No More Da Mule: Black Women and Rest Part I
Updated: Apr 16, 2021
I want to boldly declare that I did a thing last week. After much meditation, prayer and consideration I sponsored my own 5 day retreat/vacation. Now for all the black women who have started this tradition of solo travel a while back, this may not be for you, carry on. I love you sis, but for the women who have yet to liberate their minds and embrace the wonder, splendid and beauty of REST and traveling alone, keep reading. Now getting back to my retreat. That's right it was just for me. I traveled alone, Chi Chi planned a wonderful transformational trip for herself, to be by herself and love herself enough to set aside the burdens and cares of her own and others. For herself, to breathe, to think, to pray, to dine alone, to read, to swim, to listen to a wonderful jazz concert, to do and to be.... And I didn't feel no ways selfish. Now this is not the first time I have traveled alone. As an educator, my zeal to learn and stay abreast of current trends in education have carried me to workshops and conferences as both participant and presenter across this nation including DC, Vegas, Arizona, Chicago, Kentucky and Chapel Hill just to name a few. But this time was different. There were no workshops, no concurrent sessions, no fireside chats, no discussion groups, no featured speakers, no meet ups, no this, no that....just me and a proclamation of my need to REST. My desire to hold space for myself, to honor the women in my lineage who could not afford to rest, who knew not rest whether in Jesus or within themselves. As wife, as mother, as friend, as aunt, as cousin, as sister, as worker, as confidante, as daughter, they hid themselves inside of their work and acts of recovery were far and few between. The work, hustle, grind, the pressing were real.
I am reminded of that one conversation in "Their Eyes Were Watching God' by Zora Neale Hurston when Nanny, Janie's grandmother tells her "Da nigger woman is de mule uh de world". A special note that historically black women who are often physically overworked have had this undeniable duty to nurture and heal the physical and emotional wounds of everybody and we must somehow accept this fate. Somebody say I want the REST.
It's been said that the mule is both docile and intelligent read "a quiet problem solver who stays in her place", the ones who everyone "sleep on" metaphorically and literally. Black woman you are not your work, it is not the foundation of your identity. I want the REST.
In my own family, my maternal lineage includes Rachel Russell who begot Sarah Russell Tucker, who begot Gertrude Tucker Aldridge , who begot Rancetta Aldridge Nalls who begot Chiquita Nalls Toure. This retreat was especially in honor of Lillian Russell Tucker, my great grandmother, born in 1896 who worked as a domestic worker in Chicago and traveled by bicycle to and from work places. The story is told that one day while heading home she had a hard fall from her bicycle and because she had no health care, did not see a doctor. Instead she headed home, continued to work and over the next few weeks, experienced internal hemorrhaging and died at the age of 33. She was survived by her husband and their three daughters, my grandmother who were three and her two sisters, ages 6 and 9. Yes, Lillian was one of those mules, she knew not REST. I want the REST.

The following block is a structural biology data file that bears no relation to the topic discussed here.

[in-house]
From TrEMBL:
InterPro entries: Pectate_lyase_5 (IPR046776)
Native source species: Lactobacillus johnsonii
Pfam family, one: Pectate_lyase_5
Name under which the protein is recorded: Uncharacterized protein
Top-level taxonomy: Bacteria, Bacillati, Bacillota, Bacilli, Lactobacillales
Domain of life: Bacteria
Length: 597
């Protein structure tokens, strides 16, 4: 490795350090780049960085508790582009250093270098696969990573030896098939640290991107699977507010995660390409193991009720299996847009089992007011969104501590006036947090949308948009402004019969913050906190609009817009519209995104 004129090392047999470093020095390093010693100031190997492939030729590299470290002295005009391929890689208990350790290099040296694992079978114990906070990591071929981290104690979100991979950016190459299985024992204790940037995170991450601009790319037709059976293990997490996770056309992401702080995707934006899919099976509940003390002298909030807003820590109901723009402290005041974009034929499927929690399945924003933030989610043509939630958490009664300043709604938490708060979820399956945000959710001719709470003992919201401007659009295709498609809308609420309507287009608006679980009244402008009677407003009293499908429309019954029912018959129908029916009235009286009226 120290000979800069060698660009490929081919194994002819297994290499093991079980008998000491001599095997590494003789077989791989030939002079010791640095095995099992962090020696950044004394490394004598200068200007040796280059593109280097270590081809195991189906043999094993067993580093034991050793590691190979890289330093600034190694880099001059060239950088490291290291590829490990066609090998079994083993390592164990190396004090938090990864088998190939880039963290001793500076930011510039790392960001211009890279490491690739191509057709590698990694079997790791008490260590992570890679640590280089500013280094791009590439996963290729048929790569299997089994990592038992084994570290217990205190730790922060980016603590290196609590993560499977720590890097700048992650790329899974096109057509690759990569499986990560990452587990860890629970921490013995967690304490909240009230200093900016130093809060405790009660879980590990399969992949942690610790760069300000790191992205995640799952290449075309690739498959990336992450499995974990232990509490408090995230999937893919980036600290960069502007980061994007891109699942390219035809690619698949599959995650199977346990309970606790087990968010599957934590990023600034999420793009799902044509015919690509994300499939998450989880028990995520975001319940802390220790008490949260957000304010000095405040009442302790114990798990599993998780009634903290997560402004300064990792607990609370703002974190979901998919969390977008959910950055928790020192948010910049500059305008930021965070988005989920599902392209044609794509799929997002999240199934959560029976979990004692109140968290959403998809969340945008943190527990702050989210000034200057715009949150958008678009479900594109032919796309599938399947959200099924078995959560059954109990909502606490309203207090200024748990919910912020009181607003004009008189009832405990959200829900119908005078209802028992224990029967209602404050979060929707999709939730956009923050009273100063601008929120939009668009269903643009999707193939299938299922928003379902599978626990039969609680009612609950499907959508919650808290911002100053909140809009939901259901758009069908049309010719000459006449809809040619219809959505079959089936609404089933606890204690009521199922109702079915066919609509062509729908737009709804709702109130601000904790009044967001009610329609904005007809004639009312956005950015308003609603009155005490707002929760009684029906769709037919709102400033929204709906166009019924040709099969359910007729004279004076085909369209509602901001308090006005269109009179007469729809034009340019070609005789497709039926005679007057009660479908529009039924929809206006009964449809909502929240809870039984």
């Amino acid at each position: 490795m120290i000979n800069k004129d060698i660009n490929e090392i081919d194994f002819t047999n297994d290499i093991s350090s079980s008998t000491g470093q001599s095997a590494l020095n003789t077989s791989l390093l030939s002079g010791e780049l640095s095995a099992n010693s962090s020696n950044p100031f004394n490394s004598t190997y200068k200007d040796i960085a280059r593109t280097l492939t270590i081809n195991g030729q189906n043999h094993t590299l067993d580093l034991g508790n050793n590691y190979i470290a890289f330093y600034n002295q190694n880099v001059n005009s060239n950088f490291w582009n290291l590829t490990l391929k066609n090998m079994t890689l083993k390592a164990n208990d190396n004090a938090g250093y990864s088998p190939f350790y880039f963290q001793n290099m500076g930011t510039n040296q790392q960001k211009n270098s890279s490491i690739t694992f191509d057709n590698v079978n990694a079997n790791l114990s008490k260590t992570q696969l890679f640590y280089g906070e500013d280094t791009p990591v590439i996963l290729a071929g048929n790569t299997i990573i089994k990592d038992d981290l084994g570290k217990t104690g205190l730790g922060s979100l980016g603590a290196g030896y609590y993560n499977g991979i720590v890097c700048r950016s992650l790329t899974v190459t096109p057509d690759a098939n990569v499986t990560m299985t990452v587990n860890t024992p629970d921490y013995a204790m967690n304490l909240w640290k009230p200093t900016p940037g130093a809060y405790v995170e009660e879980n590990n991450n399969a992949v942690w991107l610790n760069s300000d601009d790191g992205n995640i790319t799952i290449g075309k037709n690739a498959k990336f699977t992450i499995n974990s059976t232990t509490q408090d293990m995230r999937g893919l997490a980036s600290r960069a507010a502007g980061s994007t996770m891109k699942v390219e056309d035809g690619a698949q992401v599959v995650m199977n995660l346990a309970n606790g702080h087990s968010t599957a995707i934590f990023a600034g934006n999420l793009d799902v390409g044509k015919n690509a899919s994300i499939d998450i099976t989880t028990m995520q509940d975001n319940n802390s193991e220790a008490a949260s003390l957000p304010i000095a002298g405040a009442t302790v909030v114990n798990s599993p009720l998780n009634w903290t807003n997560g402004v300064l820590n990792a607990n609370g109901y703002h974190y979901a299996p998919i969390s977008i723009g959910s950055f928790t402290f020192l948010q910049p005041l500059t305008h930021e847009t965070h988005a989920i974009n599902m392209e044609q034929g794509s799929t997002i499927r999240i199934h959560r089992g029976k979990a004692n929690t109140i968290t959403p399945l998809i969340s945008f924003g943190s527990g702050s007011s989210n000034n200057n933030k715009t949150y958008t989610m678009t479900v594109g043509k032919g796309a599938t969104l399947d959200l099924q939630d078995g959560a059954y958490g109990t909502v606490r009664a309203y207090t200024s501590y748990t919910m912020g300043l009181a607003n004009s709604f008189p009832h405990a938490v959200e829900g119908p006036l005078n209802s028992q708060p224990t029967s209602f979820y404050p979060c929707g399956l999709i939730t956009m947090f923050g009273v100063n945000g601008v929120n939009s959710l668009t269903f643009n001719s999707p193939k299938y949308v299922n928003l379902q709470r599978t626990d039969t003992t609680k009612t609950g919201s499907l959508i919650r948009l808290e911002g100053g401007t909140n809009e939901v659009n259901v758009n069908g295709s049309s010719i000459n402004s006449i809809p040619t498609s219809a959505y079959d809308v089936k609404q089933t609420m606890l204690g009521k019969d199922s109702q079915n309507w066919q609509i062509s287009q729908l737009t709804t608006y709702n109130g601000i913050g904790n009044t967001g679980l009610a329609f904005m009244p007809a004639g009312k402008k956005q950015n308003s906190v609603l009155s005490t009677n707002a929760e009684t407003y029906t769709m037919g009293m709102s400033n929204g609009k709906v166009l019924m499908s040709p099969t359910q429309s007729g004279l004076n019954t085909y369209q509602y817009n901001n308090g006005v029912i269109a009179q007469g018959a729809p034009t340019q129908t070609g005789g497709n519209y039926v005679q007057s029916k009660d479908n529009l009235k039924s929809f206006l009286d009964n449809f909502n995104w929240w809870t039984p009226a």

As a mother of four black daughters, in my own special way I have tried to demonstrate and model what rest looks like. But to be clear my earlier days of motherhood I failed miserably at doing just that . My life was not my own. I was as the Isley Brothers used to sing "I'm living for the love of them... All that I'm giving was for the love of them". I was queen mother, protector of my babies, I held them so close, I could hear their breathing always. I felt responsible for their lives and I was, but REST was not in my vocabulary.
At the age of 51 with 3 degrees and 26 years later, I have a clearer understanding of the significance of REST and I reject those titles and phrases that try to stick to black women like crazy glue. Hustler, Strong Black Woman, Boss Lady, On my grind. No thanks, I'm good. I desire not to prove myself and worth through works to anyone including and most importantly myself. Anyone in education will tell you if you ain't feeling tired, overworked, sleep deprived and anxious then you aint really working. So they say. Hence my transition to school librarian. Performative teaching has become synonmous with good teaching meanwhile aint nobody learning "nothing" but they get to experience a good show. Folks in education will tell you, it is not uncommon to not only take your work home but the sorrows and cares of your students. Somebody say I want the REST.
I did a thing last week and I am so proud of myself. I did it for Rachel, I did it for Lillian, I did for Gertrude. I did for Rancetta. I did it for so many black women who resist REST.
I thought it necessary to share my experience with those who feel they may not be worthy or that things will never get done without them. Trust and believe me sis it will and if it doesnt, don't hold yourself accountable for the burdens of the world. Black women if we dont provide place, space and time for REST, there is no refreshing, no restoration and no replenishing. Be no more da mules.